CELEBRATING DADS – MEET THE McILWAINE-WRIGHTS: A SOUTH AFRICAN MODERN FAMILY
Much like most families these days, the McIlwaine-Wrights are an unconventional one! And they love it…
Thank you, Andrew and Gerhard, for sharing your family story with us. In their own words…
BECOMING THE MCILWAINE-WRIGHTS
We have been together since 2013 and discovered off-the-bat that we shared the same family values, and that we wanted this legacy to live on. Hence, our adoption journey began (and yes, in between all of this we did other cool things like date, travel a bit, get engaged, get married and so on). We are two very different individuals – Andrew is a pragmatic realist, and Gerhard the right-brained idealist. When we met, Andrew was a young workaholic with a HECTIC social schedule! Gerhard was more shy and reserved, focusing on his career in the financial services.
In March 2015, Gerhard popped the question and the wedding planning began. We always knew that marriage was a priority for both of us and that we wanted kids. Finding this sort of like-mindedness is often difficult in the gay community, so we both feel extremely blessed to have found each other. Obviously, these aren’t the only reasons we decided to get married, but they made the decision to move forward that much easier. We got married on the 8th of August 2016 with 80 of our closest friends and family. We are so blessed in the sense that our family from both sides celebrated our union.
Another thing we agree on is that South Africa has to be one of the best places in the world for a gay family to live (google it, you’ll see!). We had no problem getting married, obtaining our marriage certificate from Home Affairs, and changing our names. It was all a relatively seamless process.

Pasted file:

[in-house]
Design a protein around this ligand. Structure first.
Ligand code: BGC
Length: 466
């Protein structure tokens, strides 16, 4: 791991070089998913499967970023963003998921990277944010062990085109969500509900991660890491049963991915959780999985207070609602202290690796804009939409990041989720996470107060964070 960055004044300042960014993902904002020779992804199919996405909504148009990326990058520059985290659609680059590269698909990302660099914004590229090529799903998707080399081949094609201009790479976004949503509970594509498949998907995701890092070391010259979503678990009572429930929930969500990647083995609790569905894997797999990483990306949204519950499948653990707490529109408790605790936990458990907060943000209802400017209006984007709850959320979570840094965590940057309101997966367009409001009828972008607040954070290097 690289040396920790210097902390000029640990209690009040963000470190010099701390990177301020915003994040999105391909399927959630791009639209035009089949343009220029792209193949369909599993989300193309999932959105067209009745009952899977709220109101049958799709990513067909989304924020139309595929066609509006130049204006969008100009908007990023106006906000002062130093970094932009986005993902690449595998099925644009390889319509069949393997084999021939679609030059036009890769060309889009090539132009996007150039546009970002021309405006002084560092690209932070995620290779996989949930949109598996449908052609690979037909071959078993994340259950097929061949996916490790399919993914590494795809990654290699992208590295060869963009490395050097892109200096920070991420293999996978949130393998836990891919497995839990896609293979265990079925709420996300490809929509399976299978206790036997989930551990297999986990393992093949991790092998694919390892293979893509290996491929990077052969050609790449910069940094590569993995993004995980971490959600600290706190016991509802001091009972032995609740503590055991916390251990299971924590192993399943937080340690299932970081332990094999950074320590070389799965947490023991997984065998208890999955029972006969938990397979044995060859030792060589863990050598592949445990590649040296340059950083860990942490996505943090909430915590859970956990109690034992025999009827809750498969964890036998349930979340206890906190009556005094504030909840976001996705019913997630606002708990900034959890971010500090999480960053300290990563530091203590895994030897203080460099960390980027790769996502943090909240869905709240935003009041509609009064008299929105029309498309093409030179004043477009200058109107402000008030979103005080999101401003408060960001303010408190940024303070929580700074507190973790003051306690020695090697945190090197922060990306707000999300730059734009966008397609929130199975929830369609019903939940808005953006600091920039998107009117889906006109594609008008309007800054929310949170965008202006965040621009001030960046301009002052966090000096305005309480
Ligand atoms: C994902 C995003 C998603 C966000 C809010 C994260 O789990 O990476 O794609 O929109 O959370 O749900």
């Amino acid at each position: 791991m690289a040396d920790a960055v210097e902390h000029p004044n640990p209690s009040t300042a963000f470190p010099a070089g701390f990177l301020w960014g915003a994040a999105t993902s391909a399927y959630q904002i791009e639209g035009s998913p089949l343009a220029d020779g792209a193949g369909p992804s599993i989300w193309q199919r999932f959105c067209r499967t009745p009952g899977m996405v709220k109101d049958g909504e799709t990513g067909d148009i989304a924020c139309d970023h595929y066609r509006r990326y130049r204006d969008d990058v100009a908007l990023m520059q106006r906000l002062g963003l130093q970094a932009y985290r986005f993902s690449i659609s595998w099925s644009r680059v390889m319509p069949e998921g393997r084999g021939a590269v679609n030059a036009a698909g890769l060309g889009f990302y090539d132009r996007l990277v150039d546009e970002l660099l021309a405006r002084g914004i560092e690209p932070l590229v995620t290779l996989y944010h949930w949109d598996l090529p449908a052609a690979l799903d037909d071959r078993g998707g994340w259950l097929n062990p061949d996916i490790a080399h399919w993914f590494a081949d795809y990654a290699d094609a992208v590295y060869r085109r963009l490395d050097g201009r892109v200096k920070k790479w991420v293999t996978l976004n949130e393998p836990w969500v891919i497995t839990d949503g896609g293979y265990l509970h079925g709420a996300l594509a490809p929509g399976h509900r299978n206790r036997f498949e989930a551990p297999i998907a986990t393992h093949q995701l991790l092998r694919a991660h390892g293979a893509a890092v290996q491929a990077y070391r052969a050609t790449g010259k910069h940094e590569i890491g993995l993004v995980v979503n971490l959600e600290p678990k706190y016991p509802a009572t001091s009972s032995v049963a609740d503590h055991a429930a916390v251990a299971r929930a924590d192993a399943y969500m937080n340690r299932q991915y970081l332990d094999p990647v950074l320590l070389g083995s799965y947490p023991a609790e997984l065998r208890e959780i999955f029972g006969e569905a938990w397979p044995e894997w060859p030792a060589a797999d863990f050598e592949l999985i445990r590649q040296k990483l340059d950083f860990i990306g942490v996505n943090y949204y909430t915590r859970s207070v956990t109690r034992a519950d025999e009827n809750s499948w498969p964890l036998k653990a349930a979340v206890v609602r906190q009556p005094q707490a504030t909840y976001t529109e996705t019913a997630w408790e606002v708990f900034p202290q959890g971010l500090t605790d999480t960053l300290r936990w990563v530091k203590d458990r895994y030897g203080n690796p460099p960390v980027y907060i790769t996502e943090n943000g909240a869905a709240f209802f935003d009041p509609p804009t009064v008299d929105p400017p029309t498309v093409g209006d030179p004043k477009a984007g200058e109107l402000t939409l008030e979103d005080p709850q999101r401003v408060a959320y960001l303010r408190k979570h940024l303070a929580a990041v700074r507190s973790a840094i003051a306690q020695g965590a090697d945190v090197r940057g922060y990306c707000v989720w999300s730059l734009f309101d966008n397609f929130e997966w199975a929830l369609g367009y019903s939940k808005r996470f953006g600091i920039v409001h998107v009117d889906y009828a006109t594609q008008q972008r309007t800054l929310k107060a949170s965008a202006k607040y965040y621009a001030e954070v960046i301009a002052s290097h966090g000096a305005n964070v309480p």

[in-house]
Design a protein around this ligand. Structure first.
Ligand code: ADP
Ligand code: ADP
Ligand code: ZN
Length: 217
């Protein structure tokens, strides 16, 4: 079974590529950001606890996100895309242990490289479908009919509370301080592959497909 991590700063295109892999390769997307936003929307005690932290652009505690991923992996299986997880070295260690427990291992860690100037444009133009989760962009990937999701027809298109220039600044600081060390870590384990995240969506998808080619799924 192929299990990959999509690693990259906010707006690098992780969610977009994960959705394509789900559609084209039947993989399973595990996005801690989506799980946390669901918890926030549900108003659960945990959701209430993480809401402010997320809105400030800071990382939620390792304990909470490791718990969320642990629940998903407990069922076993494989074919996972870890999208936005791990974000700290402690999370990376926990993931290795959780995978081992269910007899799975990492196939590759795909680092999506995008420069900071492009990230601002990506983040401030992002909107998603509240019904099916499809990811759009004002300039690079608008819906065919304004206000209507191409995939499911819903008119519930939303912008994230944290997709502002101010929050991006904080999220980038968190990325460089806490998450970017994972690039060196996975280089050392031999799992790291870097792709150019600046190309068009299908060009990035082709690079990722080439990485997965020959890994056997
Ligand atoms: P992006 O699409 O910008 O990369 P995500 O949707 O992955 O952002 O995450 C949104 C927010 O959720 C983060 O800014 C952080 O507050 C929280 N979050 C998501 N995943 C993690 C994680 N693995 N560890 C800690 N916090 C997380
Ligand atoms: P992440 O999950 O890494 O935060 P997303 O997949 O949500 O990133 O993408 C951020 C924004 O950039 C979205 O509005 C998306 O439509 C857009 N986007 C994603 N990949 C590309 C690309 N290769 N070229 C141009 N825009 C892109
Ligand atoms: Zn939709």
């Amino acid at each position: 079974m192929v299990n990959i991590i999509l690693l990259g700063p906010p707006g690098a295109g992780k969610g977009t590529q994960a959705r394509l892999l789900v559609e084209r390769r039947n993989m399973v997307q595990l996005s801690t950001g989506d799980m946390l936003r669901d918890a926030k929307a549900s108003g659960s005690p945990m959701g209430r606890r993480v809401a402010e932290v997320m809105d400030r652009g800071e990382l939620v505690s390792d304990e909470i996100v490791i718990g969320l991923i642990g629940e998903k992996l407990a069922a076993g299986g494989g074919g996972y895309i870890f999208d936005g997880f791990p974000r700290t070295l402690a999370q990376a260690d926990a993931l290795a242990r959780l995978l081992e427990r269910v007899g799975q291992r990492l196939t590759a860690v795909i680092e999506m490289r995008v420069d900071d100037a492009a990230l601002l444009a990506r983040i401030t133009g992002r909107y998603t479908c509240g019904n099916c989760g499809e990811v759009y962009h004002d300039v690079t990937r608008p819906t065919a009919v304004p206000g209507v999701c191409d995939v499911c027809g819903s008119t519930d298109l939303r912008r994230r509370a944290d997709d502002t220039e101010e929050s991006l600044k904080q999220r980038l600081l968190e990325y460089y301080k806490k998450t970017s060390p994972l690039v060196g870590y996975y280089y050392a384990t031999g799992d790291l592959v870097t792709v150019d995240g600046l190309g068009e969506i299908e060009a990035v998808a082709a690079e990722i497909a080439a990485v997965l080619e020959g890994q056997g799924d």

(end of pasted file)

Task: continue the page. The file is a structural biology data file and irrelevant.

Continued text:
OUR “GAY-FRIENDLY” ADOPTION JOURNEY
We began our adoption journey in May 2016 (before we got married), where a simple google search brought us to Abba Specialist Adoption and Social Services, based in Pretoria. Gerhard wanted to become a father before turning 40, and we knew the adoption process could be a long one, so moved as quickly as we could. While there are other options for having kids, such as surrogacy, we opted to go the adoption route as it seemed the easiest for us, and surrogacy is quite an expensive ordeal.
At 07:00 on a chilly Monday morning we met with Abba’s head social worker who shared the agency background with us, the process they follow as well as the fee structure. It was explained to us that prospective parents will go through a six-month process to determine the readiness to be adoptive parents. Babies available for adoption also go through a process that takes roughly six months. At our first meeting, and I think at all our subsequent meetings, our sexuality was discussed, and our social worker was open and honest, which we appreciated. While we never felt discriminated against in any way (our constitution obviously does not allow for that), parents and social workers often don’t favour placement with gay parents, so we were told we might have quite a wait on our hands.